But as I get older and become nostalgic myself, my curiosity gets the better of me. After all, none of us are getting any younger, and didn't I want to see some of these acts before they head off to the great festival in the sky? Even if, at this stage, they are past their prime?
THE SHOW NEVER ENDS: HALL OF FAME-WORTHY LIVE ALBUMS OF THE CLASSIC ROCKAND SOUL PERIOD

The Rock and Roll Hall of Fame may not be at the level of inducting individual albums yet, but if it did, this list of live albums from the classic rock and soul period, along with a few honorable mentions, would surely be included.

Why a live album? It is true that nothing can replace the experience of actually being at a concert, but a live recording can be the next-best thing to being there. It preserves the memory of what happened when that music had been created. A quality live recording can be close enough—a reminder of the concert you had experienced, or, more likely as you explore the music of artists from decades past, a sample of music that you'd have never been able to hear in person, anyway. With a live album, the show never ends.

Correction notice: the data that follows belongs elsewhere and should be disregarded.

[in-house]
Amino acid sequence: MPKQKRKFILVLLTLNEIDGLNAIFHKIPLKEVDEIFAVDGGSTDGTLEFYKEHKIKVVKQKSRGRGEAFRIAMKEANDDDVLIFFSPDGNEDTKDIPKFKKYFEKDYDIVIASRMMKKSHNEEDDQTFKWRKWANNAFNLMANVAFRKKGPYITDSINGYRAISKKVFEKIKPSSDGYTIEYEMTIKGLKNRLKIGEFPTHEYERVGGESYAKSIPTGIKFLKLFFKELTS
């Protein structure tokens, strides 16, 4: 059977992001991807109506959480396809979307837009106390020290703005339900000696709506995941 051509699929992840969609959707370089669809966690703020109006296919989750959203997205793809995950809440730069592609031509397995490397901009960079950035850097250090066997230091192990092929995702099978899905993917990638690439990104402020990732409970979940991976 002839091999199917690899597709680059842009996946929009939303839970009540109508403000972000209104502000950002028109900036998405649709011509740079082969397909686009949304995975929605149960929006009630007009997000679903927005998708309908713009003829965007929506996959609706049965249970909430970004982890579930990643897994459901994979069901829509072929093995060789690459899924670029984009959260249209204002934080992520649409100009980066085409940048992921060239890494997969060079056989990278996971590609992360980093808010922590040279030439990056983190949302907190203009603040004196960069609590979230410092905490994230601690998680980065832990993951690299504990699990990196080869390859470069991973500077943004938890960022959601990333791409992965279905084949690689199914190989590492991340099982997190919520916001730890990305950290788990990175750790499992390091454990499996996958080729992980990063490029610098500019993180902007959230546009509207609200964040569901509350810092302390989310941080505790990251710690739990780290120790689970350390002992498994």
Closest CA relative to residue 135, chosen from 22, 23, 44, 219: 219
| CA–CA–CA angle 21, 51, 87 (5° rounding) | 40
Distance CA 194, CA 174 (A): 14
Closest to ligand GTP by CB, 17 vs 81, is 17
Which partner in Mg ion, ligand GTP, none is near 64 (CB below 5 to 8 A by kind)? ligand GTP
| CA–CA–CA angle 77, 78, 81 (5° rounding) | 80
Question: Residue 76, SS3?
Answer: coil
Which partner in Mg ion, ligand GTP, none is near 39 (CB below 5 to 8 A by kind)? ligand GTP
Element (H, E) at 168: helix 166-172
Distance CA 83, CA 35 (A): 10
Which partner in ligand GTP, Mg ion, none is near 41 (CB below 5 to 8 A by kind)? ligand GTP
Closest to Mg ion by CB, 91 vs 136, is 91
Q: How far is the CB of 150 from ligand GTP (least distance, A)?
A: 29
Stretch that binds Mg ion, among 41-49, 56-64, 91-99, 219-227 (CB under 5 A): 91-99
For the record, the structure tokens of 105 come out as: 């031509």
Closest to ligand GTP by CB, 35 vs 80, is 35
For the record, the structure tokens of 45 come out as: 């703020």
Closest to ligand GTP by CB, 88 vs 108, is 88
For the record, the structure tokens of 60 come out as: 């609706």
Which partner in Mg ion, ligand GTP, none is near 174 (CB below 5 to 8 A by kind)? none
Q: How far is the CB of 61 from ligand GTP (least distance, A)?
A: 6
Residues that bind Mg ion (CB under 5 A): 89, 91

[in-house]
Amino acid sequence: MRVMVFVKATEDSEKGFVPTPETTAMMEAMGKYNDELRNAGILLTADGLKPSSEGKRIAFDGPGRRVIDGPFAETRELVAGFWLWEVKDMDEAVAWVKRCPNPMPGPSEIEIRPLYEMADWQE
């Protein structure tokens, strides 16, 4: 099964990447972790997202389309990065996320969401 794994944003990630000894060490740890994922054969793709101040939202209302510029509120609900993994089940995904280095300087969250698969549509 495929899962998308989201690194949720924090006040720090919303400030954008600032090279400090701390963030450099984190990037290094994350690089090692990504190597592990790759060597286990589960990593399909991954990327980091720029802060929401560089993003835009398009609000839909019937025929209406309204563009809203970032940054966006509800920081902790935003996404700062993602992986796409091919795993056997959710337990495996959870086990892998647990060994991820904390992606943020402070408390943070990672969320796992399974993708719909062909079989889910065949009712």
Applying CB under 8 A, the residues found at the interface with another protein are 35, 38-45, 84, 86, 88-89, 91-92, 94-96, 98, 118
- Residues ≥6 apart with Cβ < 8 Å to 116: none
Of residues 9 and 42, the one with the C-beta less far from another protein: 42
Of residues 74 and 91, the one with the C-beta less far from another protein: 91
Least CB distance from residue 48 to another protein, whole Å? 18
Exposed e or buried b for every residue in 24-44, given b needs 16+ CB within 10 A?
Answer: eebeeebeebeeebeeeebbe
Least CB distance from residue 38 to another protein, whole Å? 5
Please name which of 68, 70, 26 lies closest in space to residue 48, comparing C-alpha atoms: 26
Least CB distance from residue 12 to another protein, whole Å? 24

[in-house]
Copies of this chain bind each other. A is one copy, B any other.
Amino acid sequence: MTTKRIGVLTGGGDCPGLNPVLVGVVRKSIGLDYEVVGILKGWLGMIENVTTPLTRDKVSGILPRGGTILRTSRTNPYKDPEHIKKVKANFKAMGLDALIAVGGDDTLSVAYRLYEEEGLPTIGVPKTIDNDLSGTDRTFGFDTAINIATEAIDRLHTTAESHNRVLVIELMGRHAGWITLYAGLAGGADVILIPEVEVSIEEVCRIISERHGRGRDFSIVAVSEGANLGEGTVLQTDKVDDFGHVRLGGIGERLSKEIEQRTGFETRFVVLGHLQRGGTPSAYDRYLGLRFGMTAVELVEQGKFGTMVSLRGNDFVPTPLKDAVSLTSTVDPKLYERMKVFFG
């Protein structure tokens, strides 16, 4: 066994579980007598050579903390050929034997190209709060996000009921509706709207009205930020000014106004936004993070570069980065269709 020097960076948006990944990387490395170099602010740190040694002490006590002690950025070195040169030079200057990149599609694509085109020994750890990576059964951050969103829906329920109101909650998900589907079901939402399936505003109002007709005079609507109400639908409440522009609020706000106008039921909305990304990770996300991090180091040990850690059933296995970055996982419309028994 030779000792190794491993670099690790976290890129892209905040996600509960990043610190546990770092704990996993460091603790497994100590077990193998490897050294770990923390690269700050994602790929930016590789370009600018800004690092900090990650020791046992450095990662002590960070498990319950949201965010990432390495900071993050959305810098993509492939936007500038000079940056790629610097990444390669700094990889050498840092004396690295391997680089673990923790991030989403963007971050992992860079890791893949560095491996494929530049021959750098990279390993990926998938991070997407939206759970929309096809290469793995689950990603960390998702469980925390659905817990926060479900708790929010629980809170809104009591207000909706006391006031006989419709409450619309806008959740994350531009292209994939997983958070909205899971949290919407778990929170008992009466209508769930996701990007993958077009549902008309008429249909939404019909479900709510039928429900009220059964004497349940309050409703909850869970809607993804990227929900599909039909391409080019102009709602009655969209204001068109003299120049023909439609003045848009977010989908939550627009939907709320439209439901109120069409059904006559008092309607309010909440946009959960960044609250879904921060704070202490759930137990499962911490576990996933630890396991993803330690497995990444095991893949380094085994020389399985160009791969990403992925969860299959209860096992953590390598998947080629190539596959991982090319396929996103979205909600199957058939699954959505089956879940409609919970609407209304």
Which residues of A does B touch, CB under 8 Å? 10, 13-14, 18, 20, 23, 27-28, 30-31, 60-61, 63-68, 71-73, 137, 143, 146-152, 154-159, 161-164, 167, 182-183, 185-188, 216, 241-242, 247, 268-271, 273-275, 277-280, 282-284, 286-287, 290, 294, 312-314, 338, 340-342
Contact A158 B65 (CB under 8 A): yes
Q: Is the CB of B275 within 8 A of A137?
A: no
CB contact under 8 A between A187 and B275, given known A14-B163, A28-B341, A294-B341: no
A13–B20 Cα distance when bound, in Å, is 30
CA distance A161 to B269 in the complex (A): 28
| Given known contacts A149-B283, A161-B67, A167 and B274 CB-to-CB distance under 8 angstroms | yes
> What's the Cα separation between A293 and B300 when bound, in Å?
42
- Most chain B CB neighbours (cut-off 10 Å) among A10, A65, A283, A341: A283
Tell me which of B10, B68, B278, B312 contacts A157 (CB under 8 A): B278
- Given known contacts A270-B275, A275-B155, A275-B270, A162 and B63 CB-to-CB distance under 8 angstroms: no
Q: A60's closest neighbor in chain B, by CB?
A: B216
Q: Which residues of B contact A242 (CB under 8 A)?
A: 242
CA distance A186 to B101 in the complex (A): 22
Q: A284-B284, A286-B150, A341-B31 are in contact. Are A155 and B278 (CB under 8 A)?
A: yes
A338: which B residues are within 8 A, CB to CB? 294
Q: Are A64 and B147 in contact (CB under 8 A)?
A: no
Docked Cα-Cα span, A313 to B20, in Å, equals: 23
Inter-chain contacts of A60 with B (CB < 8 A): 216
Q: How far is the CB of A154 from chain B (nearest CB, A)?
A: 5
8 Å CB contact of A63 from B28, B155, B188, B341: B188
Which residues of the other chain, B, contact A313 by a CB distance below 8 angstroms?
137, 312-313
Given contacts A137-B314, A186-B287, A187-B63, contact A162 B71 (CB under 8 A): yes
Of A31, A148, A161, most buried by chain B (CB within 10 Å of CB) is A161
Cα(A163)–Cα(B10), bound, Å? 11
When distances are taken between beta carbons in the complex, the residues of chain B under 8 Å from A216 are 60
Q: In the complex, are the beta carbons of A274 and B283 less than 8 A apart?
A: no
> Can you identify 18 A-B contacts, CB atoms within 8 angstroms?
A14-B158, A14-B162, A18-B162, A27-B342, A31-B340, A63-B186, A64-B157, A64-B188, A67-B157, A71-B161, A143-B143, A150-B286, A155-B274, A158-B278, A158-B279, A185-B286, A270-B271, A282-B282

Now we get to the really fun part of this, er, appreciation of science-fiction films from the 1950s: the bad ones. Yes, these are the films about which you cannot say that the acting "could have been stronger," or the effects "lacked realism," or the story seemed "weak." These films are so lacking in quality that you can safely say this: These films are sci-fi stinkers.

Or as Frank Zappa put it, these films all exhibit "Cheepnis," the name of his song saluting sci-fi stinkers that first appeared on the Mothers' 1974 live album The Roxy and Elsewhere. As Zappa explained in the introduction to "Cheepnis," "the cheaper they are, the better they are," and while he noted that a film's budget, or lack thereof, is not necessarily a factor in its exhibiting "Cheepnis," it does help.